Skip to main content
It looks like you're using Internet Explorer 11 or older. This website works best with modern browsers such as the latest versions of Chrome, Firefox, Safari, and Edge. If you continue with this browser, you may see unexpected results.

SSI2-180: The French Revolution: Home

Start Your Research at the Library!

Use this guide to get started with your research for SSI2 180: The French Revolution

Claude-Joseph Rouget De Lisle (1760-1836) portrayed performing La Marseillaise for the first time

Claude-Joseph Rouget De Lisle (1760-1836) portrayed performing La Marseillaise for the first time

What is research?

Research is a creative, nonlinear process. Experienced scholars will tell you that they rarely end up exactly where they thought they would when they first started out! You'll need to give yourself the time to pursue ideas, reconsider ideas in light of new information, and then craft an original, researched argument.

To be successful in college-level research, you will need to make use of the resources and services of the library. Here are a few reasons why:

  • Much scholarship and information is not available freely on the web.  Libraries pool their resources to purchase on your behalf access to quality information sources such as databases, journal collections, and reference resources.
  • Many materials are not available electronically, either because they have not been digitized yet or their original creators do not wish to make them available digitally.
  • Libraries cooperate with one another to lend you items that are not immediately available in your home library.
  • Librarians are experts in the organization of knowledge and can help you find treasures that perhaps you didn't even know existed!

Types of Sources

In academic research, it's important to be able to distinguish between different types of sources. These differences often are contextual, meaning that a single source might fit in different categories depending on how you are using it and in what academic discipline you are writing.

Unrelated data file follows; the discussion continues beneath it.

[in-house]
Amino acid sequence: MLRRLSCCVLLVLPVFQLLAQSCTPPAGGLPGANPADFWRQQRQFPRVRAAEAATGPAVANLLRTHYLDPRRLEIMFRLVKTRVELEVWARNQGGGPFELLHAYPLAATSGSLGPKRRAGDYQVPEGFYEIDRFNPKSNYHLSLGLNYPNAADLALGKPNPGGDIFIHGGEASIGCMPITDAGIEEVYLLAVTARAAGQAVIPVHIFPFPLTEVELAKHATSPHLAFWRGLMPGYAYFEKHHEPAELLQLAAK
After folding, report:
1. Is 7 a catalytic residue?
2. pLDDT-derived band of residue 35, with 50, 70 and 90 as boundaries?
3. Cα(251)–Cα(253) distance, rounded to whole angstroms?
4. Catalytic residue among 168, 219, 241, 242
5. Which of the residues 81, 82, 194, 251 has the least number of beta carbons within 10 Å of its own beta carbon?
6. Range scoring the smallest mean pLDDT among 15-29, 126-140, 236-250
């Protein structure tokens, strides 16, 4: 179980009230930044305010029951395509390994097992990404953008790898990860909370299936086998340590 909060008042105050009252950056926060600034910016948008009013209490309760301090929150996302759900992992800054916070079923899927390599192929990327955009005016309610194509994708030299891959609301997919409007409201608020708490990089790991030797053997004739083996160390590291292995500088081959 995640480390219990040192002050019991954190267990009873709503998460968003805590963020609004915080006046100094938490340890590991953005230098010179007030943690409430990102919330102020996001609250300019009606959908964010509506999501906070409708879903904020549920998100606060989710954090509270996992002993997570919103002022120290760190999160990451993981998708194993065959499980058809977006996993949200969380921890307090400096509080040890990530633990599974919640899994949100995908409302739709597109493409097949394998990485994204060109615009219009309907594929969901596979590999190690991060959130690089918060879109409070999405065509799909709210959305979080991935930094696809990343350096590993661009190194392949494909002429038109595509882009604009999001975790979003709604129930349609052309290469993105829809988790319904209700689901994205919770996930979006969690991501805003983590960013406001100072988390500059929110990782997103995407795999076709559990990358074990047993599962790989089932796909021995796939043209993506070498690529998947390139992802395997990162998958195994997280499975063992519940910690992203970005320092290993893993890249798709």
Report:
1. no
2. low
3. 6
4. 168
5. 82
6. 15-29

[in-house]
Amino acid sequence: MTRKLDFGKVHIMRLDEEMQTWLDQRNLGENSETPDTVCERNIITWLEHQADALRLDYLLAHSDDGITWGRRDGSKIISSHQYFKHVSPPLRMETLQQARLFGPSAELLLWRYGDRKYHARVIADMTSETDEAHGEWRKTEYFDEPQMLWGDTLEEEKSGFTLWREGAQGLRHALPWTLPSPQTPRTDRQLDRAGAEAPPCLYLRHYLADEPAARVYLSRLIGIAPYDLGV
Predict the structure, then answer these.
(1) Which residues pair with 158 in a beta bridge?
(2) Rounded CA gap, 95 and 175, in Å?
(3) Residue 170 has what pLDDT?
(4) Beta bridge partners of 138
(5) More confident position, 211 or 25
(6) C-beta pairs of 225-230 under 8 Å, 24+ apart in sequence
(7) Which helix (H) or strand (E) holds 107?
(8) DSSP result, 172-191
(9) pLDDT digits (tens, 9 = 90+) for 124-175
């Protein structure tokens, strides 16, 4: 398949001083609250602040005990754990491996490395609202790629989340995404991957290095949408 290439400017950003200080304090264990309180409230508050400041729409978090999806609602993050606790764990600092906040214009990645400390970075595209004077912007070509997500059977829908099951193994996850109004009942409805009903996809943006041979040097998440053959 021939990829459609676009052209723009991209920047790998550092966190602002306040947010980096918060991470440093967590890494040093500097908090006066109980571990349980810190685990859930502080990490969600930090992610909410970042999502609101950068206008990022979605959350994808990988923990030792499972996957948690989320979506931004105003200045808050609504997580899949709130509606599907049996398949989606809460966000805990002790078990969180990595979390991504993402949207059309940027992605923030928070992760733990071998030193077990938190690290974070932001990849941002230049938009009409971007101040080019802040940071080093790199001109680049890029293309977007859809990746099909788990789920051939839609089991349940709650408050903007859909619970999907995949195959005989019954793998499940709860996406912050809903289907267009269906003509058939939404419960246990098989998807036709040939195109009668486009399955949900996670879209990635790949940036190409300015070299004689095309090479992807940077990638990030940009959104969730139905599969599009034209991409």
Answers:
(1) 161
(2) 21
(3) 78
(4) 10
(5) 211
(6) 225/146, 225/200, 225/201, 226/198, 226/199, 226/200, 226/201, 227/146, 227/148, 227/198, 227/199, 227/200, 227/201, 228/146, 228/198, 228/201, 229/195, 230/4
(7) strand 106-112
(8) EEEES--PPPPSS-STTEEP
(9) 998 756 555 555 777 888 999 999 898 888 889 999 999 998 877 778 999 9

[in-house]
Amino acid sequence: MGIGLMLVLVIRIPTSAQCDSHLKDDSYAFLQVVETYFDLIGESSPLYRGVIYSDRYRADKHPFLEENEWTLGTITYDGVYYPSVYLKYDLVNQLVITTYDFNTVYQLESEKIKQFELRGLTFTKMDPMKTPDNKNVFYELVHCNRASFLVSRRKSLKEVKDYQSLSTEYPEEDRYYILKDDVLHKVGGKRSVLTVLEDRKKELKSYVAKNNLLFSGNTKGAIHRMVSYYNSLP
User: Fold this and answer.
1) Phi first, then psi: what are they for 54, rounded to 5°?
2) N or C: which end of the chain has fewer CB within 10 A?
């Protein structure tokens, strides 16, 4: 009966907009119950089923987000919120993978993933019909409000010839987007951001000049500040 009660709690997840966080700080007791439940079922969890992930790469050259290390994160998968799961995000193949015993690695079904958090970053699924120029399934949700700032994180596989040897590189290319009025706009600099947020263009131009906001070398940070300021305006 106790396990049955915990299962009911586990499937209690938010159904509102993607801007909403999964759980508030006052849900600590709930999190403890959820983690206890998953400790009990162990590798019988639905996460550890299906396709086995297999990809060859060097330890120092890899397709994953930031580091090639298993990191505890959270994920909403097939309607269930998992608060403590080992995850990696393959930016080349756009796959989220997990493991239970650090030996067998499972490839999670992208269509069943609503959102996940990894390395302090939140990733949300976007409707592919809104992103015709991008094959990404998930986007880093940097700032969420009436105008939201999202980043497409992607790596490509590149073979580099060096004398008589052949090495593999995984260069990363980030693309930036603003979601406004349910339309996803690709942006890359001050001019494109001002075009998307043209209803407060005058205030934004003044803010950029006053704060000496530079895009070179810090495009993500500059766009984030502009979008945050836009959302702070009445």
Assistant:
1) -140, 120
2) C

Primary sources are the raw materials of scholarship.

Secondary sources report on or interpret primary sources.

Tertiary sources synthesize and present overviews of primary and secondary sources.

Scholarly sources present sophisticated, researched arguments using both primary and secondary sources and are written by experts.

Popular sources aim to inform or entertain and are intended for a general, non-specialized audience. In academic writing, popular sources most often are analyzed as primary sources.

The BEAM Framework

Research is connected to your writing. Relevant sources will address your questions and fit your purpose. BEAM is an acronym intended to help students think about the various ways we might use sources when writing a researched argument. Joseph Bizup, an English professor at Boston University, outlined the framework in a 2008 article. The idea has since been refined and adapted by many others.

Beam Model

Humanities Librarian

Katy Curtis's picture
Katy Curtis
Contact:
Office: Collins Library 140
253.879.3672

Peer Research Advising

Fall 2020

Hannah Turner and Allie Highsmith are your Peer Research Advisors for 2020-21!

 

Virtual Drop-in Hours

Sunday - Wednesday: 6:30 to 8:30 pm

We use Google Meet: 

Meeting ID: meet.google.com/jqr-iqbj-sfh

Meeting Phone Numbers: (‪US‬)‪+1 262-457-9538‬, PIN: ‪254 151 924#‬

Please be signed in to Puget Sound's Google Suite for Education.

 

Appointments

Allie and Hannah are also available for individual appointments. Go to our Schedule a Research Appointment page, click the request button, and select either Hannah or Allie from the drop-down menu to see what appointment times they have available.

Learn more about Peer Research Advising